Penske not feeling threatened by F1's American expansion

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Penske not feeling threatened by F1's American expansion

IndyCar

Penske not feeling threatened by F1's American expansion

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Roger Penske isn’t bothered by Formula 1’s ongoing expansion into the North American market. With the recent confirmation of F1’s third race in the United States, the owner of the NTT IndyCar Series and Indianapolis Motor Speedway says next year’s visits by F1 to Circuit of The Americas, Miami, and the new Las Vegas street race can only help the prosperity of his domestic open-wheel championship.

“I see Formula 1 as an international series where they’re the Indianapolis 500 of just about every country they visit,” Penske told RACER from the Long Beach paddock, one of IndyCar’s crown jewel events. “The U.S. market is a great market, especially in today’s world, to have your events. But we’ve had Formula 1 here for many years, we’ve had COTA, and they’re growing with temporary circuits.

“So I think it will bring more race fans. But we’ll have to compete. We have the diversity in IndyCar. We have high-speed ovals; there’s no Formula 1 race where they qualify at 230 miles an hour for 10 miles like we do at Indianapolis, so that’s point number one. Number two, we’ve got street circuits, we’ve got road courses, and we’ve got short ovals and medium-size ovals. So I think the differentiation, the diversity of IndyCar, is what makes us a different product.

“They’re looking at trying to have a bigger TV package here, and that’s only good for us. Because if there’s momentum on what the value of the series are, and I look at our TV numbers and their TV numbers are pretty much the same from the standpoint of viewership, I think that’s good for us.”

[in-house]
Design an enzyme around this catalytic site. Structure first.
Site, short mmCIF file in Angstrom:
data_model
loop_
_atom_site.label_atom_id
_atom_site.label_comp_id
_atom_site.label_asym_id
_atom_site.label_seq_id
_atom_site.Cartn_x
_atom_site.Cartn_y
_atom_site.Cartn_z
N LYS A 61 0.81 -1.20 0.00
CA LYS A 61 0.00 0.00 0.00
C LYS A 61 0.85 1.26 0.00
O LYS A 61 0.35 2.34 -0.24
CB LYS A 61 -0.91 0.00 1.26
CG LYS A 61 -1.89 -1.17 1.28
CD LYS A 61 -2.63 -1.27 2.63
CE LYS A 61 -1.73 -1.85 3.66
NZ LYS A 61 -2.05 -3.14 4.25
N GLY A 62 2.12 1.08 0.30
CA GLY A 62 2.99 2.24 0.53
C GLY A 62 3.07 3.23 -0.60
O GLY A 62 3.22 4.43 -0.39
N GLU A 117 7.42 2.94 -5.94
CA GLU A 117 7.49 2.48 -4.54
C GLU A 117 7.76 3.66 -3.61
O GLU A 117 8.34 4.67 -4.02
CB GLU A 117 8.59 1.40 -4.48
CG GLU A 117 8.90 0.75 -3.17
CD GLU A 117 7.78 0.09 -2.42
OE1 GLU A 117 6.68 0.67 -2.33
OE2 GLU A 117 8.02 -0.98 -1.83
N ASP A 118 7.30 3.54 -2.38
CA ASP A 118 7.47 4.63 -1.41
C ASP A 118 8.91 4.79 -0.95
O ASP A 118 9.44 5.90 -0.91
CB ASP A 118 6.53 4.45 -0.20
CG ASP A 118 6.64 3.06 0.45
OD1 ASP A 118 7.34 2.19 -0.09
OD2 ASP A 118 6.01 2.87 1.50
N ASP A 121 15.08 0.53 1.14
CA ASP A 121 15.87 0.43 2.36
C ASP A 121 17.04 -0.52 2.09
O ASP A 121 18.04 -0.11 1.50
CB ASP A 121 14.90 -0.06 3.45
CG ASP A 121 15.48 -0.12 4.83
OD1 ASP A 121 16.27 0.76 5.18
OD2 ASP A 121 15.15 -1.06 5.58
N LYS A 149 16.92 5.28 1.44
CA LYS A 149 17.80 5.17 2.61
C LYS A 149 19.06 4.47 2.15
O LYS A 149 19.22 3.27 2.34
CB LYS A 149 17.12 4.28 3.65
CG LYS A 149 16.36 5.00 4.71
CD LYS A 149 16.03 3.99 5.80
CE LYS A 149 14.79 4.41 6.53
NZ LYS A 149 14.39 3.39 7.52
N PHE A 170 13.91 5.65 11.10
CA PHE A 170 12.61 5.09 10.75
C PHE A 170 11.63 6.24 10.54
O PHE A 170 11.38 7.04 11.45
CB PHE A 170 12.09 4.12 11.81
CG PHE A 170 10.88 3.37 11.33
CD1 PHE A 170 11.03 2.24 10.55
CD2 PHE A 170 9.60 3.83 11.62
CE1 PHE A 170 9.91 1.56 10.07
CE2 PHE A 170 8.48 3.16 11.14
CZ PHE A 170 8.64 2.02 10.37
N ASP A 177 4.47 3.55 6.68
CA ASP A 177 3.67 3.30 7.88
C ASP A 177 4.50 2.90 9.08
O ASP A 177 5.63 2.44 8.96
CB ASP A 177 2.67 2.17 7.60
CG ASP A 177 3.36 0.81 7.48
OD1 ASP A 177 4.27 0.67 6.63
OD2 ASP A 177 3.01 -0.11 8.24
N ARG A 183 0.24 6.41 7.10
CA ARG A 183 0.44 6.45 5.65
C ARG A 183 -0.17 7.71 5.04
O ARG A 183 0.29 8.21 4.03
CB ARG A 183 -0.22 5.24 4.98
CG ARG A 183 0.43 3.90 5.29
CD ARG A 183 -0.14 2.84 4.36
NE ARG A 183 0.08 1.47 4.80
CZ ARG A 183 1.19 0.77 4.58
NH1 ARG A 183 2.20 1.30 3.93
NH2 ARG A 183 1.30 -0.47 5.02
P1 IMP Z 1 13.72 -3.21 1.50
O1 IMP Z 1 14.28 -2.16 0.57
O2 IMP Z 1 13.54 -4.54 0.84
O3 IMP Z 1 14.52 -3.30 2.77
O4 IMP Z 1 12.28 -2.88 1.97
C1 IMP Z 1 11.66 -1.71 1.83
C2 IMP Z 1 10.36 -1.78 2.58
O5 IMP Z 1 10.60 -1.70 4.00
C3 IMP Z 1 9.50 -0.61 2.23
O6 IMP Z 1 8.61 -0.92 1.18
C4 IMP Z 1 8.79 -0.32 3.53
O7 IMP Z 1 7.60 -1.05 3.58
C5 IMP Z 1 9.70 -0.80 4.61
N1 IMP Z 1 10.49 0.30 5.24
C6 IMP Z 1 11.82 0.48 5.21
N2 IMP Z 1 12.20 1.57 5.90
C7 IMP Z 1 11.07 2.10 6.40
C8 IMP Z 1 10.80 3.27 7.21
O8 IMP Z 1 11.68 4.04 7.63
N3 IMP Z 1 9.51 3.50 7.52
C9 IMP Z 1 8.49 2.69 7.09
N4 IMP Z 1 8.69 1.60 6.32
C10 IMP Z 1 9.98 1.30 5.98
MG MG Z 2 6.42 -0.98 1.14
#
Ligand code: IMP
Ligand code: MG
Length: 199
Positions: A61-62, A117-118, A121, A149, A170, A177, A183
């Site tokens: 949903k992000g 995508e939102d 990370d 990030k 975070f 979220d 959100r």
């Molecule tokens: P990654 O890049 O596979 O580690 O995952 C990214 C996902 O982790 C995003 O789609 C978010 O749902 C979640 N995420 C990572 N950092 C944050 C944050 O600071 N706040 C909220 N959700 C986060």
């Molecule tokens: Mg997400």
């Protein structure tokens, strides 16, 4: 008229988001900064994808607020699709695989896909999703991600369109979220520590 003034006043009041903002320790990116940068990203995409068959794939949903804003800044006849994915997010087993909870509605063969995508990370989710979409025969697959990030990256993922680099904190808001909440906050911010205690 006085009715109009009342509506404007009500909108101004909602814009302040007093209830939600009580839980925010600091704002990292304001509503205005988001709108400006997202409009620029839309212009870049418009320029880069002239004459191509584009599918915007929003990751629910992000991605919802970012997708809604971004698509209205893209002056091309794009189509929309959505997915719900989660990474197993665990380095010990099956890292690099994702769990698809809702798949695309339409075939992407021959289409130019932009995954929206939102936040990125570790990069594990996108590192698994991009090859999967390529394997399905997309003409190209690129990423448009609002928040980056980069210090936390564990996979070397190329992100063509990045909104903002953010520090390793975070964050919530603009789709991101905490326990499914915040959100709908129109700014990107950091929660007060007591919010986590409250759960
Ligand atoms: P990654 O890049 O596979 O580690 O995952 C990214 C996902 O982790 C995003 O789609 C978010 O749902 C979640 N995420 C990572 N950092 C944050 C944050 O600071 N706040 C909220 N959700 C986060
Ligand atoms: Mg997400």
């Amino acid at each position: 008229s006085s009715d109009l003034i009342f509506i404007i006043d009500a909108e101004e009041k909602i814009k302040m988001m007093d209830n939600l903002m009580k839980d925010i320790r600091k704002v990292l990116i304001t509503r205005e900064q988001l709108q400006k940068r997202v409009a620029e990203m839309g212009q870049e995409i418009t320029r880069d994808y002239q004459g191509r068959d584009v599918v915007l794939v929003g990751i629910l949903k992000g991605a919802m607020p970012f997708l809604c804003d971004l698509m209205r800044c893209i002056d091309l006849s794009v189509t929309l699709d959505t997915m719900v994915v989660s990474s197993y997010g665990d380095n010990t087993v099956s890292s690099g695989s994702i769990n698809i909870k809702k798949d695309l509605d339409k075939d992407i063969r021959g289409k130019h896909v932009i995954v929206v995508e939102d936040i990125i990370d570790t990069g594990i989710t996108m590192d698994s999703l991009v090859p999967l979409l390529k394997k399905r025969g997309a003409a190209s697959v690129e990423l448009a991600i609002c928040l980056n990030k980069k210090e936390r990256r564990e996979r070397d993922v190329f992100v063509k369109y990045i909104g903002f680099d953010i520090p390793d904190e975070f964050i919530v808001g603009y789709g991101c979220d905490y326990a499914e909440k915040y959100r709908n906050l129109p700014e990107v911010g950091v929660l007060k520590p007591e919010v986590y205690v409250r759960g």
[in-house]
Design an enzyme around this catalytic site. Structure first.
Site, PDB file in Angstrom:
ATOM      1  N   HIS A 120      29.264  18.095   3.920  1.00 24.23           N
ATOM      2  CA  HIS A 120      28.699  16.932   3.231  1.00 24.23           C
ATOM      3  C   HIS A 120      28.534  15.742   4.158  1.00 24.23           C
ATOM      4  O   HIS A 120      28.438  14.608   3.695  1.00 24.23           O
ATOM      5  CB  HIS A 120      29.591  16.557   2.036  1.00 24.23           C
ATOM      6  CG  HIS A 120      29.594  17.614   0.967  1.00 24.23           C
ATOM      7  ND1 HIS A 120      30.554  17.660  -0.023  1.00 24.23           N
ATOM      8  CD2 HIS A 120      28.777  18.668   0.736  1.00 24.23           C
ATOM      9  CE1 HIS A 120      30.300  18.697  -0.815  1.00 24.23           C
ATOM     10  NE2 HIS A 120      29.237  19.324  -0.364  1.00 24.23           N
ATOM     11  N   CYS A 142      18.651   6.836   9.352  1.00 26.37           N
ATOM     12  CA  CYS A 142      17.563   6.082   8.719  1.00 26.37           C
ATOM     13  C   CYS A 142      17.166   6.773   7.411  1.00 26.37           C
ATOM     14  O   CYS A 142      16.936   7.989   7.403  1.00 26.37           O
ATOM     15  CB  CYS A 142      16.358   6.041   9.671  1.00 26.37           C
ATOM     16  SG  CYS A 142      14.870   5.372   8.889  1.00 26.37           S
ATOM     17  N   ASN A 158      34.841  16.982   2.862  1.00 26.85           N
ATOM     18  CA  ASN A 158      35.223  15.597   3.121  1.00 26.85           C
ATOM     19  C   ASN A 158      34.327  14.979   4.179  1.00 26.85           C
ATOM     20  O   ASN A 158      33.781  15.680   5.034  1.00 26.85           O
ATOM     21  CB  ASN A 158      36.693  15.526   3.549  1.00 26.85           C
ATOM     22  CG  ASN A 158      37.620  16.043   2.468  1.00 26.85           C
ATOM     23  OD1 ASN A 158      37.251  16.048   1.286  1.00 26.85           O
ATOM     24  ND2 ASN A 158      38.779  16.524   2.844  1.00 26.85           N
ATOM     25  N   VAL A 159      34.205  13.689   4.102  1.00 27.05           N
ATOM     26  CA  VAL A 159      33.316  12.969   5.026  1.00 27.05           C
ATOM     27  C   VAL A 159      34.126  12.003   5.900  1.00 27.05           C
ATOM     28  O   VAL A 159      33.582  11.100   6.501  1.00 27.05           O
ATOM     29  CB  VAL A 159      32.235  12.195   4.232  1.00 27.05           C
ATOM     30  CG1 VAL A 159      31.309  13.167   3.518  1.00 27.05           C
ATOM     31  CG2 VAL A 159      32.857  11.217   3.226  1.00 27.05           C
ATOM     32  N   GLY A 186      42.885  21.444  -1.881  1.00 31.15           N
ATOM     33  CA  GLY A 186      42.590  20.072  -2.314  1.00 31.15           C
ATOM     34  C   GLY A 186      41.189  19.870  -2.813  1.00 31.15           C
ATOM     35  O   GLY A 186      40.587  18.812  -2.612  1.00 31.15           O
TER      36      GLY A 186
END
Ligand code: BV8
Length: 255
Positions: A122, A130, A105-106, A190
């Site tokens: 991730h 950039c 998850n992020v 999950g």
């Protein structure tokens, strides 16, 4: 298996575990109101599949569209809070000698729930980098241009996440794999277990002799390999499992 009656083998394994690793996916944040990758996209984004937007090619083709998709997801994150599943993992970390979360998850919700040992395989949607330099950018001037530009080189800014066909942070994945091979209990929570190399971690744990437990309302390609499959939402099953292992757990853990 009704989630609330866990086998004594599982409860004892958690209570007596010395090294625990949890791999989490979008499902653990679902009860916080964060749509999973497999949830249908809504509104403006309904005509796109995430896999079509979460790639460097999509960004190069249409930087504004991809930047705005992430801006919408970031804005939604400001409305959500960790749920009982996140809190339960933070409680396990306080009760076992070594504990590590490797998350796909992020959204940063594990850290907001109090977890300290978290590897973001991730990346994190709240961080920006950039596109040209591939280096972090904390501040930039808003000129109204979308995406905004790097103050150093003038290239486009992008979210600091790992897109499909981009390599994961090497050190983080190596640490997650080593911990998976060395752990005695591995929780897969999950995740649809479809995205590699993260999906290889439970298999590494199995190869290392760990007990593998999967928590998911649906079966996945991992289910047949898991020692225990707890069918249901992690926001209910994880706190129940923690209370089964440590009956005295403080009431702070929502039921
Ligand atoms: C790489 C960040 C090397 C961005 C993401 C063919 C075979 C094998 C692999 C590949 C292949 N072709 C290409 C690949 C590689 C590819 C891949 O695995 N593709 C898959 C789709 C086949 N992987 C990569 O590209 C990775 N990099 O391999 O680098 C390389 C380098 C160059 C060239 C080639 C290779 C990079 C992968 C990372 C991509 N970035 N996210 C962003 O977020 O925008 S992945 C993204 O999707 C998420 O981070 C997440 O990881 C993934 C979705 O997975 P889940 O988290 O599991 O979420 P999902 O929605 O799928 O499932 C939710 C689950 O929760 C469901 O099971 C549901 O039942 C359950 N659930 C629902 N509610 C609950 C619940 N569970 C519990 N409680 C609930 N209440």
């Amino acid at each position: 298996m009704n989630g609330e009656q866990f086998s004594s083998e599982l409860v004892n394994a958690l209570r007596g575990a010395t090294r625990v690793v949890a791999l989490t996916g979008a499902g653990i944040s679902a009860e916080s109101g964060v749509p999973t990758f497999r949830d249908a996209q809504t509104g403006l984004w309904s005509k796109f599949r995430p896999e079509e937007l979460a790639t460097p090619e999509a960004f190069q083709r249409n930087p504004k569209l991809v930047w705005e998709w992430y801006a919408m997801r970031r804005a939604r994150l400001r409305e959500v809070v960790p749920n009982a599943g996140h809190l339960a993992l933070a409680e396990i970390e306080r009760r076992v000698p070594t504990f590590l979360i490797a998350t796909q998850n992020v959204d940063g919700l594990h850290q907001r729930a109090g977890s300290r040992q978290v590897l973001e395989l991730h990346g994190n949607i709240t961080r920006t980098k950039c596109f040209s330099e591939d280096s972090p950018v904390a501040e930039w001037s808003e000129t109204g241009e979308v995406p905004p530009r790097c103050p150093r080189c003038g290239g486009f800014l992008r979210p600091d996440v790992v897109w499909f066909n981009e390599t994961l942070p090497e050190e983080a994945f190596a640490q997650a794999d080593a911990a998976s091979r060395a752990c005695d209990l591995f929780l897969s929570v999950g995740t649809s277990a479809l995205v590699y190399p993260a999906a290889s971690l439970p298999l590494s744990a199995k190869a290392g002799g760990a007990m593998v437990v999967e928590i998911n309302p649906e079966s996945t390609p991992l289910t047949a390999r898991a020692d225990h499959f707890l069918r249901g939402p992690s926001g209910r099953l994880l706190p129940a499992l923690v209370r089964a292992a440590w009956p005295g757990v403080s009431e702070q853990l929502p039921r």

Rather than worry about F1’s rise in popularity, Penske – who operated an F1 team of his own in the 1970s – says the demands of elevating IndyCar’s presence among race fans is his main priority.

“We’ve got to run our own show,” he said. “I’ve always been in the business where we’ve got competition; Formula 1 is good competition, and we can learn from them. The U.S. markets is a big market, and what we need to do is to deliver more wherever we go.”

The conversation closed with Penske offering a hearty laugh at a rumor making its way throughout the Long Beach paddock. Has Liberty Media, F1’s commercial rights holder, made an offer to buy IndyCar from The Captain?

“That’s the dumbest thing I’ve heard,” he said. “Let me tell you this, it doesn’t make any sense to me. You cannot own the Indianapolis Motor Speedway and not have the ability to support IndyCar, or vice versa. IndyCar is nothing without Indianapolis, and we’re all-in. There’s not enough money that would even tempt me to sell it. I don’t need to; I’m not in it for the money. I’m in it for because I love the sport, from a competition standpoint, from a marketing standpoint, from a technology standpoint.

“As a family, we’ve taken on the responsibility to maintain the iconic Indianapolis Motor Speedway and make it better. So once you take one of those parts off the car, you’re not going to run as well. And let me say this: I’m normally not a guy that sells anything. I’m normally a guy that buys things. Right?”

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